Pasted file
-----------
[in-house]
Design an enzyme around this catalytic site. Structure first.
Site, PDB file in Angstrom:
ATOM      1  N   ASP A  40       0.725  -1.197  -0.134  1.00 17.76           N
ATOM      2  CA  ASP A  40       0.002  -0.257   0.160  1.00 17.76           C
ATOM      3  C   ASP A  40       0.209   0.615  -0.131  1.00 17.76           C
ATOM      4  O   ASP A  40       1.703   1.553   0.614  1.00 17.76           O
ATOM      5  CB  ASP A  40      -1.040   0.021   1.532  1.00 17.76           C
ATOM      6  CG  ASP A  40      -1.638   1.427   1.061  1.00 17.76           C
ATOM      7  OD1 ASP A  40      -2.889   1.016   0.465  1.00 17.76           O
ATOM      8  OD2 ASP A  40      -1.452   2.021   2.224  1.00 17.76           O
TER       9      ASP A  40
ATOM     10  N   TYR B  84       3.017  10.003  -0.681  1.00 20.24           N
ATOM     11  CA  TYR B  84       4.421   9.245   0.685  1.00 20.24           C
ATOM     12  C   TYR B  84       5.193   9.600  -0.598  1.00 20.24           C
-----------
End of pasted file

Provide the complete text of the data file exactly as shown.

[in-house]
Design an enzyme around this catalytic site. Structure first.
Site, PDB file in Angstrom:
ATOM      1  N   ASP A  40       0.725  -1.197  -0.134  1.00 17.76           N
ATOM      2  CA  ASP A  40       0.002  -0.257   0.160  1.00 17.76           C
ATOM      3  C   ASP A  40       0.209   0.615  -0.131  1.00 17.76           C
ATOM      4  O   ASP A  40       1.703   1.553   0.614  1.00 17.76           O
ATOM      5  CB  ASP A  40      -1.040   0.021   1.532  1.00 17.76           C
ATOM      6  CG  ASP A  40      -1.638   1.427   1.061  1.00 17.76           C
ATOM      7  OD1 ASP A  40      -2.889   1.016   0.465  1.00 17.76           O
ATOM      8  OD2 ASP A  40      -1.452   2.021   2.224  1.00 17.76           O
TER       9      ASP A  40
ATOM     10  N   TYR B  84       3.017  10.003  -0.681  1.00 20.24           N
ATOM     11  CA  TYR B  84       4.421   9.245   0.685  1.00 20.24           C
ATOM     12  C   TYR B  84       5.193   9.600  -0.598  1.00 20.24           C